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Why didn't you spend more than a year at so many jobs?

I recently crossed into my 30s, and with it came another layoff. 2024 truly began with a bang.

I've been at seven jobs over the last nine years. And one of the questions I've been asked quite often is why did you not stay at a company for more than 14 months?

I prepared a standard answer– I didn't see growth. And then went on to elaborate the same.

But now I think there is a different answer to this. As a 90s kid, I think we have seen the most significant transformation in humankind. We went from a workforce that thought work was life to one at the forefront of a power struggle to strike a work-life balance.

Naturally, I grew up as an advocate for work-life balance. And yet, I sense a shift in my ideology. No longer can I advocate for work-life balance. That doesn't mean I don't support it, but that's a discussion for another post.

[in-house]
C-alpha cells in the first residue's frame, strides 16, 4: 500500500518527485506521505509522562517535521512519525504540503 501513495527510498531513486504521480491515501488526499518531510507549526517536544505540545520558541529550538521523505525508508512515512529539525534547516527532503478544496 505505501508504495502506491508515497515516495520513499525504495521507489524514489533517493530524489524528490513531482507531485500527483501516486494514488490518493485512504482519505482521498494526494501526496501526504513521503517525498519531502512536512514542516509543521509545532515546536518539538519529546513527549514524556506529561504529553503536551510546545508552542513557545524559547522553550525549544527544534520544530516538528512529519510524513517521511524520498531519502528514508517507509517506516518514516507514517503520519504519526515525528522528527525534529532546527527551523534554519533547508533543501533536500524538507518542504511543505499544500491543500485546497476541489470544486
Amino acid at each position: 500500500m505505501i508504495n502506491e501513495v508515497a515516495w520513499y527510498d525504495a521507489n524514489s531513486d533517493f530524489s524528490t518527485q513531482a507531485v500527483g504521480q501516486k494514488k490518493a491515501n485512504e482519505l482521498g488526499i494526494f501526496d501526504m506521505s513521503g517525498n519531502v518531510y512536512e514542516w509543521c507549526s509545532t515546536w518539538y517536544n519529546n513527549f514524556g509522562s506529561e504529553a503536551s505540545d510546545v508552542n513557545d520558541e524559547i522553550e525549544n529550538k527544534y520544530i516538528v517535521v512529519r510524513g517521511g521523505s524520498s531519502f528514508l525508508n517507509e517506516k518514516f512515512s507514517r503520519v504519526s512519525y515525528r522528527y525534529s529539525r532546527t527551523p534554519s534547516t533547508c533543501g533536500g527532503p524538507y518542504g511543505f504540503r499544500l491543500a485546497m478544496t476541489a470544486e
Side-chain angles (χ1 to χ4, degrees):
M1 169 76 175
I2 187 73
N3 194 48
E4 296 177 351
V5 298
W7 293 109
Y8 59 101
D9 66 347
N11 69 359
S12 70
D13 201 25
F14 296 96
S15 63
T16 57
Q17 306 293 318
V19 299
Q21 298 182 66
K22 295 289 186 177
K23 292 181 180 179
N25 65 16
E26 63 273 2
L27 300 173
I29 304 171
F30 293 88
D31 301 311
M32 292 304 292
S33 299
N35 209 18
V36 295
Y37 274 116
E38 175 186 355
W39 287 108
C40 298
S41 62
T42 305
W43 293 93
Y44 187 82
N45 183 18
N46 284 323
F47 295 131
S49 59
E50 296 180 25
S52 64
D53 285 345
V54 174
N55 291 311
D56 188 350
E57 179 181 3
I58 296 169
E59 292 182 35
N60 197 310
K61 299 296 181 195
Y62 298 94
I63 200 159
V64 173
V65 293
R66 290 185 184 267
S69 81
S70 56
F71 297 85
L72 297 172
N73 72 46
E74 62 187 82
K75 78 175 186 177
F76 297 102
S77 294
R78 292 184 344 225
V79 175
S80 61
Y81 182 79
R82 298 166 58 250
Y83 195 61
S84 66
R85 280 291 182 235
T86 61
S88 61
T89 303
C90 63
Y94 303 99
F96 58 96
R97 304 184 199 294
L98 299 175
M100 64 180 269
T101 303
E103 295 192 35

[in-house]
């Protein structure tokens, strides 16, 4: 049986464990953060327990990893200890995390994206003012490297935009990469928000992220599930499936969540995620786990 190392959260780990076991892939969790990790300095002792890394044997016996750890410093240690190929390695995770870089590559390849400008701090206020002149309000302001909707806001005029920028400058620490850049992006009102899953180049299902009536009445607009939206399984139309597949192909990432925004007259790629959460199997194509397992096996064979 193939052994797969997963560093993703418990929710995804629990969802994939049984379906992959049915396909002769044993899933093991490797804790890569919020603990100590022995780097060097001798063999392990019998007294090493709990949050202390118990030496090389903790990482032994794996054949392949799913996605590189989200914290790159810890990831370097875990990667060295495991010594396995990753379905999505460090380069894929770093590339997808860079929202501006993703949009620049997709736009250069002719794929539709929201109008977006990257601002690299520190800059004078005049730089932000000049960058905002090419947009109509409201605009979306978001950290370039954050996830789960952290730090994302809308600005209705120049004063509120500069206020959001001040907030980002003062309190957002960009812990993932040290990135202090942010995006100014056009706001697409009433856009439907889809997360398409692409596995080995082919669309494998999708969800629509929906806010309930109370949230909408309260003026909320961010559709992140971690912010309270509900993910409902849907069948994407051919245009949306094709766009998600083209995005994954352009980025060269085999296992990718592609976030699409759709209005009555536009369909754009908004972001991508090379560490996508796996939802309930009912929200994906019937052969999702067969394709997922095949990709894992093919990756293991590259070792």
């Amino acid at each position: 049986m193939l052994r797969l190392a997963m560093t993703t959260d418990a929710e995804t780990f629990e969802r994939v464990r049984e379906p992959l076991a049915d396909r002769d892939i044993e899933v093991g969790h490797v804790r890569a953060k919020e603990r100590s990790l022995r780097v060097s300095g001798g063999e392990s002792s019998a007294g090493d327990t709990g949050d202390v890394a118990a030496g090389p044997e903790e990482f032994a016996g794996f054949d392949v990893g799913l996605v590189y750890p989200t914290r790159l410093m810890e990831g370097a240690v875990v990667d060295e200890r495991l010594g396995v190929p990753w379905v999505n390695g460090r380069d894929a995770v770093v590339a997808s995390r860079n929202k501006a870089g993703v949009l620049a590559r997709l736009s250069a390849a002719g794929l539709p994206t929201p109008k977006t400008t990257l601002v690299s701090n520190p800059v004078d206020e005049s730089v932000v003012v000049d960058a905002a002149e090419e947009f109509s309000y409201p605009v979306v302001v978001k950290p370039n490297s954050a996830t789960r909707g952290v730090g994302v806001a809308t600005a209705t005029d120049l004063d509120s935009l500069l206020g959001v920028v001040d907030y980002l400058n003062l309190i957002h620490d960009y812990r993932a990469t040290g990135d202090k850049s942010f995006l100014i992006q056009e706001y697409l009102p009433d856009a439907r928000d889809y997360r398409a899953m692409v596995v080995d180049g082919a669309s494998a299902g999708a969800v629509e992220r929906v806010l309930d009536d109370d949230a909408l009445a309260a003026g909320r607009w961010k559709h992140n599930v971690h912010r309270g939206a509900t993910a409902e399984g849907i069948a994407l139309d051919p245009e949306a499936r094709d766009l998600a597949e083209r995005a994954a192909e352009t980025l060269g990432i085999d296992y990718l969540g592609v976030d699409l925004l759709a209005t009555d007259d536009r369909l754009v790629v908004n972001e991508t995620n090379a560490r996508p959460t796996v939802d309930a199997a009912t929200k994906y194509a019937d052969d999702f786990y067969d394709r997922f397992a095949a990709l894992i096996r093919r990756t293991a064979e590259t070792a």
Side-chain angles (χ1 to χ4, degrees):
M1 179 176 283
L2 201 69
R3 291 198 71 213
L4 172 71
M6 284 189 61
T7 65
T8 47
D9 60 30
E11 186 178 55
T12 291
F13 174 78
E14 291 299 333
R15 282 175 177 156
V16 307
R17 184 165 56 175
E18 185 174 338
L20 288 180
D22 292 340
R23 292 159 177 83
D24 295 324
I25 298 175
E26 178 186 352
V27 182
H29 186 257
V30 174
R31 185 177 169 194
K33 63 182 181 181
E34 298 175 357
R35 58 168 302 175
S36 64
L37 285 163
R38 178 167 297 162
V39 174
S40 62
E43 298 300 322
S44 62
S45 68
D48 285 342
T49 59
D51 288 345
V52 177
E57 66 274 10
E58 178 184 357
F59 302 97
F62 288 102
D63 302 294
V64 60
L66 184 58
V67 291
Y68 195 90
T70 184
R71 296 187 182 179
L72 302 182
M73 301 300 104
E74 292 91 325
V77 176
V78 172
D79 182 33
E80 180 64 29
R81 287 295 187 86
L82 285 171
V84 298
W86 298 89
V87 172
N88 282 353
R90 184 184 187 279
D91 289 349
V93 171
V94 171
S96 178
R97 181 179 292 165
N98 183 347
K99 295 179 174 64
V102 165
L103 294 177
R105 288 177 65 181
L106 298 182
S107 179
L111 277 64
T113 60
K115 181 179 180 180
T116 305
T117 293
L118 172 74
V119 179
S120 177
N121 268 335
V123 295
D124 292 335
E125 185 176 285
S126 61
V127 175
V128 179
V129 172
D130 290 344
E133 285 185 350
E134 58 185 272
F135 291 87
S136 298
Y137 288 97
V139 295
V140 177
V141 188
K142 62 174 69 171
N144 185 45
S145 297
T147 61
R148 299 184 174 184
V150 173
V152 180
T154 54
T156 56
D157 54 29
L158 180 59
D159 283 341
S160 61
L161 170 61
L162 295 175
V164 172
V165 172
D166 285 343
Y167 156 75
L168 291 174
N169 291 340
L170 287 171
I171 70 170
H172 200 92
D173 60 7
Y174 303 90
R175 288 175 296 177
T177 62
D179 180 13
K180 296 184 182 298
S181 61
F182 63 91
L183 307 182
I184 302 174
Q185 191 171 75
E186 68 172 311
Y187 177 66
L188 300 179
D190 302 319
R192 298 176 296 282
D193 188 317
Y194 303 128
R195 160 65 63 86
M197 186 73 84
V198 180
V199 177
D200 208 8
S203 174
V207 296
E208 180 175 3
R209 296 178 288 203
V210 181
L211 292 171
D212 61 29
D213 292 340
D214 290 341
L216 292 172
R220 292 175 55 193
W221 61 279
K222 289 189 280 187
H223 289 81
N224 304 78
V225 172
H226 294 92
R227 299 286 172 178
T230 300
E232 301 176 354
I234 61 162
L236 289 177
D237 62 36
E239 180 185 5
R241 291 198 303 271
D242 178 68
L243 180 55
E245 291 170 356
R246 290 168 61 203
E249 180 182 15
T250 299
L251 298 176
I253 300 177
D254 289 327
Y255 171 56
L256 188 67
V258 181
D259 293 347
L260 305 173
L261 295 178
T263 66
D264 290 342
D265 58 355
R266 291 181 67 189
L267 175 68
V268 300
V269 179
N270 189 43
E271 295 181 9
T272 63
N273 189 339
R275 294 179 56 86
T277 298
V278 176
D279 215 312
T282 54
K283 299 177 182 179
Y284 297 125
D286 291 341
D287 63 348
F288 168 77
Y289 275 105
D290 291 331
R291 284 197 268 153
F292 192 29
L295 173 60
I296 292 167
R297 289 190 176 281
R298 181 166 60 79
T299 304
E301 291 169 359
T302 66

I think today that if you have the right environment and a job you love, you tend to stick around.

That's what happened in my last two stints. At Slintel, I fell in love with my team and the company. I loved my work, and it truly brought out my best. But I got laid off in 2022 after 14 months. The entire marketing team suffered from it.

Then I joined another SaaS startup, and guess what? Even though I was one of the best performers there, I couldn't escape another round of layoffs. And I was wiped off.

But, let's not diverge.

Why do I move so much?

Well, I think I have a way better answer now.

I don't move because there isn't any growth. I moved because I saw failed leadership. I don't get work that's good or makes a difference. And in most cases, I leave the manager and not the company.

See empathy, motivation and backing each other up best to retain your talent. Also, you need to provide enough financial incentive to stay periodically, but I think the prime focus should be identifying someone's strengths and help them utilize it for their work.

If orgs fail to do that, it's only a matter of months before your new employee goes out looking for greener pasture.